Kirsten Nicholas  05 Apr, 2016   Stories, art buying, Art-Ed, art selling, art trends, artist, Brooklyn, contemporary art, Design, design trends, Installation, New York City, Painting, hospitality design, Hotel, independent artists, Indiewalls, interior design, New York, NYC, Art x Indiewalls, Art x Community, hq

What am I selling? An original? A license? Categorizing your work accurately is important. It allows buyers to understand what they are buying and you to understand what you are selling. To make this process clearer, we’ve outlined some information on the way, we at Indiewalls, categorize artwork.



Simply, an original is an artwork that you have produced.

Whether it is a painting, a drawing, or a mixed media collage, you are offering a piece conceived and produced by you.

An Original refers to a unique one-off piece or hand-pulled print edition from an artist’s own hand — i.e., an oil painting, wall sculpture, etching, drawing, or silk screen print. Originals are made by hand, not machine driven processes like giclee.

The exception to this rule is for Photography or Digital Media works. In these cases there is never an Original as described above. If you select Digital Media or Photograph, we give you the option to choose between Limited Edition Print (which is the original for these works) and Licensed Print.


What exactly are you pricing?

The artwork price that people see when visiting the site is the retail price, which includes your artwork fee and Indiewalls’ 40% commission.

When pricing an Original, look at the listed “Artist Net” to ensure that you’ll receive your expected amount. For example, if you price and sell an original at $100 retail, your Artist Net will be $60, or 60%.

The listed sale price (retail price) does not take into account packing and shipping costs. When you sell an Original, Indiewalls manages these costs separately.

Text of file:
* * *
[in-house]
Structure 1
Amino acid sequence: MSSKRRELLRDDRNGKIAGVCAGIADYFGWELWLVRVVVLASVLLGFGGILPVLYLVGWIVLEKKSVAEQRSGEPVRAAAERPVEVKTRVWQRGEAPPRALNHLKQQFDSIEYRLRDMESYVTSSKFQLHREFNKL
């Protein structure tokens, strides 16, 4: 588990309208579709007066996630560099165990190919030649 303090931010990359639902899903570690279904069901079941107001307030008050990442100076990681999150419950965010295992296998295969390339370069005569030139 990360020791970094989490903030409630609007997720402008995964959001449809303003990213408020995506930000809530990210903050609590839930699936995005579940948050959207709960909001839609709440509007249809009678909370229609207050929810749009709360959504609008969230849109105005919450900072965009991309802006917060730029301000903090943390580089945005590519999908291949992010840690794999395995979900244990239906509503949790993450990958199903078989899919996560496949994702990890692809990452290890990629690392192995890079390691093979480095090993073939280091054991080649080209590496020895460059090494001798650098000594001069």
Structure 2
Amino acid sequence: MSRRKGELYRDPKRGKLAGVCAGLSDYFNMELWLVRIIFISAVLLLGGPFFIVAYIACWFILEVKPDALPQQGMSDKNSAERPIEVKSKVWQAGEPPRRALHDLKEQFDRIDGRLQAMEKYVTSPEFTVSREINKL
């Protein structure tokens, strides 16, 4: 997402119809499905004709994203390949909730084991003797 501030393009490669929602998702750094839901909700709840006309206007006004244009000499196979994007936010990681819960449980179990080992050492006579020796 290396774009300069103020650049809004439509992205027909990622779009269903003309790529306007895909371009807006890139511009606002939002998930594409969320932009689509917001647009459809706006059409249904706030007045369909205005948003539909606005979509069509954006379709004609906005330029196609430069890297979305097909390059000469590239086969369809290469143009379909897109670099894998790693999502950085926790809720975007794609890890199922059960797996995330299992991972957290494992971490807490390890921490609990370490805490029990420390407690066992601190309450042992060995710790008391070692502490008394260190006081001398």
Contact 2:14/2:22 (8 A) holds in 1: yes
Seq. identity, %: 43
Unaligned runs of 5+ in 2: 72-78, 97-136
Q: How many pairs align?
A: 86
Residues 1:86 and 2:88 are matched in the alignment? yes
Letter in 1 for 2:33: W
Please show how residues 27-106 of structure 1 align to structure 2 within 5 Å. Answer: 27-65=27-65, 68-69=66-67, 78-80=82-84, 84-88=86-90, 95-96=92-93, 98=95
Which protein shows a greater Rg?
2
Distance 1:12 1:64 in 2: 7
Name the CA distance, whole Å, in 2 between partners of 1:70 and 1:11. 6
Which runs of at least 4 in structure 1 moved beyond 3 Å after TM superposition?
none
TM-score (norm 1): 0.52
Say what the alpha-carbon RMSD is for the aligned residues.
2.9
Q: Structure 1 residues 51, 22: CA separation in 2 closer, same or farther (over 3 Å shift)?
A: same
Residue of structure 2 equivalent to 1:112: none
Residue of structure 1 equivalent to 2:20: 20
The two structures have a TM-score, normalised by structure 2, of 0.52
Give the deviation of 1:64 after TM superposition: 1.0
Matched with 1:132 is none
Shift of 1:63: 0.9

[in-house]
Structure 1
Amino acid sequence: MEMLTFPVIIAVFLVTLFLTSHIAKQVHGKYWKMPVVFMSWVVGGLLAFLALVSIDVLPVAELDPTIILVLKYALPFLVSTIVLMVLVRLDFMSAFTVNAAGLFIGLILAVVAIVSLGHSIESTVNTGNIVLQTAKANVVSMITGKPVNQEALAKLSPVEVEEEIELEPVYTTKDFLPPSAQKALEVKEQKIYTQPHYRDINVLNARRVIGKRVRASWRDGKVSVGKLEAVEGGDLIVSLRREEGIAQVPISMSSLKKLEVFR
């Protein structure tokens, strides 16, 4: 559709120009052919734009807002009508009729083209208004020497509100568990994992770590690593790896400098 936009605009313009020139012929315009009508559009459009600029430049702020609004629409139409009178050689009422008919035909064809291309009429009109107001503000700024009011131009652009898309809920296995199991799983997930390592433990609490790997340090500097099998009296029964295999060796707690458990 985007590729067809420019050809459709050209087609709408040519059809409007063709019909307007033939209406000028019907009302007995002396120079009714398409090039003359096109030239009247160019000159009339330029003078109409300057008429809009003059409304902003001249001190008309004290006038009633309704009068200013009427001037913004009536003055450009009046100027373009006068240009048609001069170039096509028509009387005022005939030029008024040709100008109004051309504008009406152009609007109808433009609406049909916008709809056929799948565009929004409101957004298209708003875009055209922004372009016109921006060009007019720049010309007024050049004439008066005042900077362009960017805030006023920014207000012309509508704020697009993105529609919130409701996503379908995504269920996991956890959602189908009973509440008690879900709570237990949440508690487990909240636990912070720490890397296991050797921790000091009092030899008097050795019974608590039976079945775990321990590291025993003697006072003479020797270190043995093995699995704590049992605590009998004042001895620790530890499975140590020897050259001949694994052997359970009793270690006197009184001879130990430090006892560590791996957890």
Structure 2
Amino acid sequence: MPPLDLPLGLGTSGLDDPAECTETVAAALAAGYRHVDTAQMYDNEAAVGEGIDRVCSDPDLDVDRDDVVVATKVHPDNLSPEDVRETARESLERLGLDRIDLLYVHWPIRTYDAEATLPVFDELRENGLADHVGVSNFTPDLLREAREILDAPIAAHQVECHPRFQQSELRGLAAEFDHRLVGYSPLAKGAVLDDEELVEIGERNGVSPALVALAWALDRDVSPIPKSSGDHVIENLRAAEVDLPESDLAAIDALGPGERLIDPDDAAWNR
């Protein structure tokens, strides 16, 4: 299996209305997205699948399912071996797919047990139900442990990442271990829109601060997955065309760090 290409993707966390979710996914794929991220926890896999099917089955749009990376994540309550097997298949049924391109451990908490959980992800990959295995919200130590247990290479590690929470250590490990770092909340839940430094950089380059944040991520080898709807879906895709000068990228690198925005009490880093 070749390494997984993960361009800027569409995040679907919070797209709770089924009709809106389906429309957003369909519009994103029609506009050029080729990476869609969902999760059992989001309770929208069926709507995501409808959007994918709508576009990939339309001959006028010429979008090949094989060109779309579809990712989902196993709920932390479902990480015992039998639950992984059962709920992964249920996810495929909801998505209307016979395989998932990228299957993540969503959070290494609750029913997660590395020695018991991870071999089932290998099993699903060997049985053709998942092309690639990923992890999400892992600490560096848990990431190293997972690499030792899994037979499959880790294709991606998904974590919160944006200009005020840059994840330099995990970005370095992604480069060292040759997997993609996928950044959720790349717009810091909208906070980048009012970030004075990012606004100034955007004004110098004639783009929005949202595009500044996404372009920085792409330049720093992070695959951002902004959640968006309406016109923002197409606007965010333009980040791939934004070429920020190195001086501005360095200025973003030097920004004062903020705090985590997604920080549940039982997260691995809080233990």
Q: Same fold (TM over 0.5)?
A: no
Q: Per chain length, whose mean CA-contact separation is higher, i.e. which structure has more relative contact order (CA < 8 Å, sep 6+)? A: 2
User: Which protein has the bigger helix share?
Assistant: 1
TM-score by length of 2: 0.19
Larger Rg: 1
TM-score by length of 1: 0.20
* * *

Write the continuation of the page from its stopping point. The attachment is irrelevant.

When you select licensed print you are allowing Indiewalls to produce the work under agreed on parameters.

These parameters are laid out in a contract that we will send you when a piece is purchased. They include the size of the prints, the quantity, and the name of the artwork. Outside of these parameters, we are not allowed to print your work without written consent and discussion.

You, the artist, retain full ownership of the work and the image. These reproductions do not affect the original, remove it from your portfolio, or limit your ability to use it.

Logistically, licensing means that when a piece is purchased you send us  a high-resolution digital file, which we then print using the method requested by the buyer. Print substrates are usually determined by Indiewalls and the client, but we always appreciate artist feedback or suggestions.


What exactly are you pricing?

You are pricing the print of one reproduction from a digital file.

Your listed licensing fee is the retail cost per unit, which includes your share and Indiewalls’ 40% commission. If you price an image license at $100 retail, your share per print would be $60, or 60%.

A license allows artists to sell work at a range of sizes and price points. The XS to XL sizes are based on the original aspect ratio of the file you have uploaded.

Prices for licenses tend to be lower than for originals. Bulk print quantities often entail lower license fees per unit but come with higher full artist nets. However, the price that you set on the site should only be for a single use license. If and when a buyer asks for higher quantities, we will reach out.

When a Licensed Print is sold, we handle all the costs and processes associated with printing, framing, packing and shipping; therefore, the price you list will not be the total retail price that the buyer sees.

Originals and licenses serve different purposes within the art market and an individual artist’s’ practice. Hopefully this post helps you better understand what you are pricing and selling on Indiewalls.


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